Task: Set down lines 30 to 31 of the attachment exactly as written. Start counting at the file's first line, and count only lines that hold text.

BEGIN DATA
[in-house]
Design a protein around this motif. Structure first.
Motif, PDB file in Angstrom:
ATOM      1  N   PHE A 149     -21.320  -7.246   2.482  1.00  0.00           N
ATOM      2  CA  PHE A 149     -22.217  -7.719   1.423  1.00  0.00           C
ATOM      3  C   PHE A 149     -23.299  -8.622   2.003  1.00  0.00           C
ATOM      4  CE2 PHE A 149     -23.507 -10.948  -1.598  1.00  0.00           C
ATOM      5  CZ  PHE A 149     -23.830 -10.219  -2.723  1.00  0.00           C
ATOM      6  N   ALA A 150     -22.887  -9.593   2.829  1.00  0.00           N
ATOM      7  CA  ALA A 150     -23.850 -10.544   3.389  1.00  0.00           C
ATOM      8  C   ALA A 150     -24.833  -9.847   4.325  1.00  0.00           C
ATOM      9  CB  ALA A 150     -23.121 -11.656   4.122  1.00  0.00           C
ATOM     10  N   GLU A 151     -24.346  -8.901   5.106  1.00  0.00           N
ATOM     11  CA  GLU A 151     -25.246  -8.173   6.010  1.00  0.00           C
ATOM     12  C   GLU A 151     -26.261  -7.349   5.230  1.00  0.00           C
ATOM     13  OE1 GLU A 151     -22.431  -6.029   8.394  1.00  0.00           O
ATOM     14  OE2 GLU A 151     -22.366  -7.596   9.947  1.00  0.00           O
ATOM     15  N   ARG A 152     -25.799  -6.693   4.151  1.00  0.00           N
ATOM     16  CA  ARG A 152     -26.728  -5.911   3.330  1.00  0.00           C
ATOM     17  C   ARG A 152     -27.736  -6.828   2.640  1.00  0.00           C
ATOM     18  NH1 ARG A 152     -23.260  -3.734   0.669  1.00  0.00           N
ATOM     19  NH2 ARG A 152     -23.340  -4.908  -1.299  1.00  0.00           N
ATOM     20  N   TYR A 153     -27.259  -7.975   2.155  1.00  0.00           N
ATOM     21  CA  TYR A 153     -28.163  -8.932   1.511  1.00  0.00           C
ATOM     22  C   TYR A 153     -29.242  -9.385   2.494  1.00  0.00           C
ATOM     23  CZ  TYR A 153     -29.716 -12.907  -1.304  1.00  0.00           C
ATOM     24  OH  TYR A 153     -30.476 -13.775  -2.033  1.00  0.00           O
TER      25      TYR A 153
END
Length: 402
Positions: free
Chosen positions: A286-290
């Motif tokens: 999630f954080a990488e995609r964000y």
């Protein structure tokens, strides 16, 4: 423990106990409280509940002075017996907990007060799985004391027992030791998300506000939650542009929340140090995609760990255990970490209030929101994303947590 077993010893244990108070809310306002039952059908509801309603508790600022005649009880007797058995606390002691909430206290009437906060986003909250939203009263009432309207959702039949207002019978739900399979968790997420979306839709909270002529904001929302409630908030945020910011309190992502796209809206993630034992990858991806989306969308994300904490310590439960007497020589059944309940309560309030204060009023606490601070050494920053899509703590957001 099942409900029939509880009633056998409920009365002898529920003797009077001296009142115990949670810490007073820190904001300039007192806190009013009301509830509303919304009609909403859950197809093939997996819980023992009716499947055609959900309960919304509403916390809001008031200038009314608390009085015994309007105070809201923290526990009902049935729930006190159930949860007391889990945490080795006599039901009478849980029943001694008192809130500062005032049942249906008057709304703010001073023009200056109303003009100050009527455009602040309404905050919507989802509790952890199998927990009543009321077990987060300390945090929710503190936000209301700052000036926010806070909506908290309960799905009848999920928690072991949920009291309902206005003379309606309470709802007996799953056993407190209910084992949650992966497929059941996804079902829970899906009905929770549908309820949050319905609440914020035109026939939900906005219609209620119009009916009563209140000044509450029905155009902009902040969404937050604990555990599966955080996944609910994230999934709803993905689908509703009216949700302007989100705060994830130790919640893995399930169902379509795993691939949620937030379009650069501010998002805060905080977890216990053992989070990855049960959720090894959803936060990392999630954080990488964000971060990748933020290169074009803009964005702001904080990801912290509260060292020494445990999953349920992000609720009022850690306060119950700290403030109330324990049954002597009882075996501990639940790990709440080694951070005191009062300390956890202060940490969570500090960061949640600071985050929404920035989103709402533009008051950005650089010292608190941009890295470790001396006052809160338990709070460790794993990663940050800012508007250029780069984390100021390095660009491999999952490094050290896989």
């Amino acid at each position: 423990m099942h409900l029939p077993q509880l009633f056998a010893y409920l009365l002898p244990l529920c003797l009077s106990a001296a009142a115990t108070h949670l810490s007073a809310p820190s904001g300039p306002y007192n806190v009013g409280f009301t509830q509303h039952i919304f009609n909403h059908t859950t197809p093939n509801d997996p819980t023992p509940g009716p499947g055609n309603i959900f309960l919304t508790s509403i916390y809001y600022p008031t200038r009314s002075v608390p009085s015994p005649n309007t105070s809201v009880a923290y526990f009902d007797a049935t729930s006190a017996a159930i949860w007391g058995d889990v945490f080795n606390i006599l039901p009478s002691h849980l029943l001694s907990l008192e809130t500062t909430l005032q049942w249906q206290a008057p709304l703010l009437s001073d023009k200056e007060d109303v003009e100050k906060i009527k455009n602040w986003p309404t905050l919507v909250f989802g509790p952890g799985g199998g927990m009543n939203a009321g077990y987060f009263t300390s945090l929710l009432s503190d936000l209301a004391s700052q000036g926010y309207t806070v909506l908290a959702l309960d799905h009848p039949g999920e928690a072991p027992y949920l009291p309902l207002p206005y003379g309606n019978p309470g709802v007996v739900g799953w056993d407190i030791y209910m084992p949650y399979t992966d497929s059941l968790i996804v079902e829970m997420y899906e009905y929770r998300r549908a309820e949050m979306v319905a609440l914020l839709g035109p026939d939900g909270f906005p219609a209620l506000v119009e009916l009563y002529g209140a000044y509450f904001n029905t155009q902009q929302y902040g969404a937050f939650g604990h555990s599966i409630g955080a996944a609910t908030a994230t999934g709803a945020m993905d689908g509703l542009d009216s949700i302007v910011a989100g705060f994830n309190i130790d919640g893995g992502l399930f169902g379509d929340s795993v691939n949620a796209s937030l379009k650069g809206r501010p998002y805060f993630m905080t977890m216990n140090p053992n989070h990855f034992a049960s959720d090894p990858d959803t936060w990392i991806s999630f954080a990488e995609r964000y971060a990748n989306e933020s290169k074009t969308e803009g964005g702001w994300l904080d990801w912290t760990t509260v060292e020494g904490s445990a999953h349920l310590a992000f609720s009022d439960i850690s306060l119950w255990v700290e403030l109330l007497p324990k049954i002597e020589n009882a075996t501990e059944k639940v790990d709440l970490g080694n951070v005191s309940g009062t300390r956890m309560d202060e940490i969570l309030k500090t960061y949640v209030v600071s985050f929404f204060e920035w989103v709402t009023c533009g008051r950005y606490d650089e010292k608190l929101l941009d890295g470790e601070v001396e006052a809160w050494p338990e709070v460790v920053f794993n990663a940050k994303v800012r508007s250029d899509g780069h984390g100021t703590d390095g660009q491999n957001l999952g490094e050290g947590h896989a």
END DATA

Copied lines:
Length: 402
Positions: free